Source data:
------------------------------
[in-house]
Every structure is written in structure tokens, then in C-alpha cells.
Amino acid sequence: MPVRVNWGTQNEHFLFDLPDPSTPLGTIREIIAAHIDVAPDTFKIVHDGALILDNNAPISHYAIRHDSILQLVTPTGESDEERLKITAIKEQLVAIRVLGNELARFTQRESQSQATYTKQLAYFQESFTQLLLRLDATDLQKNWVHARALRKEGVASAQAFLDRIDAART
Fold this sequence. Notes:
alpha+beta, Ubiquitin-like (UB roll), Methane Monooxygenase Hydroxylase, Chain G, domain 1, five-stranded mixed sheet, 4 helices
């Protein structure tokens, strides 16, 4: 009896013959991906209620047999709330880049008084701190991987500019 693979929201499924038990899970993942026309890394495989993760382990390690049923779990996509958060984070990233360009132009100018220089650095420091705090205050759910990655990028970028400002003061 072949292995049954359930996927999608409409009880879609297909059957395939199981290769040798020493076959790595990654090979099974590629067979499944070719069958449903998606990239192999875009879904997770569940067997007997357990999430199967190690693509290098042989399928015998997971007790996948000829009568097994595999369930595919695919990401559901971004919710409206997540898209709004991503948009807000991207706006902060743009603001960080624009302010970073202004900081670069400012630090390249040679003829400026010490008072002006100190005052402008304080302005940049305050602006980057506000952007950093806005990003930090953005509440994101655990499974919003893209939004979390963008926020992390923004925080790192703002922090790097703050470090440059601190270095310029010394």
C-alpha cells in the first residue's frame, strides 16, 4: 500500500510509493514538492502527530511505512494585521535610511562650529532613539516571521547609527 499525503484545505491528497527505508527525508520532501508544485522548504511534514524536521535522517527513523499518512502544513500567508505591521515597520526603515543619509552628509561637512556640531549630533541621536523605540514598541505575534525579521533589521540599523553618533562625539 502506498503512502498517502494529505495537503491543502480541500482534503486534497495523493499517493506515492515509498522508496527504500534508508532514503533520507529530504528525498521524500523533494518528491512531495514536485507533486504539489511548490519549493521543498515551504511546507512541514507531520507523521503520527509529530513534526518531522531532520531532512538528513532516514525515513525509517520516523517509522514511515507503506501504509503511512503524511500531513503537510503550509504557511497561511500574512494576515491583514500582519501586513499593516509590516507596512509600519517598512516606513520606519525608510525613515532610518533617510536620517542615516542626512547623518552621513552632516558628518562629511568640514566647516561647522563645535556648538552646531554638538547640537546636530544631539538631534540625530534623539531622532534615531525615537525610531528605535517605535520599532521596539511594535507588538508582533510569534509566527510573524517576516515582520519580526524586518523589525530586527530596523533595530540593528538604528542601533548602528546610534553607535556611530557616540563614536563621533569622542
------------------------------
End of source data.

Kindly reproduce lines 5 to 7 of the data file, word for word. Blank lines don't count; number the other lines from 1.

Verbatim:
alpha+beta, Ubiquitin-like (UB roll), Methane Monooxygenase Hydroxylase, Chain G, domain 1, five-stranded mixed sheet, 4 helices
């Protein structure tokens, strides 16, 4: 009896013959991906209620047999709330880049008084701190991987500019 693979929201499924038990899970993942026309890394495989993760382990390690049923779990996509958060984070990233360009132009100018220089650095420091705090205050759910990655990028970028400002003061 072949292995049954359930996927999608409409009880879609297909059957395939199981290769040798020493076959790595990654090979099974590629067979499944070719069958449903998606990239192999875009879904997770569940067997007997357990999430199967190690693509290098042989399928015998997971007790996948000829009568097994595999369930595919695919990401559901971004919710409206997540898209709004991503948009807000991207706006902060743009603001960080624009302010970073202004900081670069400012630090390249040679003829400026010490008072002006100190005052402008304080302005940049305050602006980057506000952007950093806005990003930090953005509440994101655990499974919003893209939004979390963008926020992390923004925080790192703002922090790097703050470090440059601190270095310029010394």
C-alpha cells in the first residue's frame, strides 16, 4: 500500500510509493514538492502527530511505512494585521535610511562650529532613539516571521547609527 499525503484545505491528497527505508527525508520532501508544485522548504511534514524536521535522517527513523499518512502544513500567508505591521515597520526603515543619509552628509561637512556640531549630533541621536523605540514598541505575534525579521533589521540599523553618533562625539 502506498503512502498517502494529505495537503491543502480541500482534503486534497495523493499517493506515492515509498522508496527504500534508508532514503533520507529530504528525498521524500523533494518528491512531495514536485507533486504539489511548490519549493521543498515551504511546507512541514507531520507523521503520527509529530513534526518531522531532520531532512538528513532516514525515513525509517520516523517509522514511515507503506501504509503511512503524511500531513503537510503550509504557511497561511500574512494576515491583514500582519501586513499593516509590516507596512509600519517598512516606513520606519525608510525613515532610518533617510536620517542615516542626512547623518552621513552632516558628518562629511568640514566647516561647522563645535556648538552646531554638538547640537546636530544631539538631534540625530534623539531622532534615531525615537525610531528605535517605535520599532521596539511594535507588538508582533510569534509566527510573524517576516515582520519580526524586518523589525530586527530596523533595530540593528538604528542601533548602528546610534553607535556611530557616540563614536563621533569622542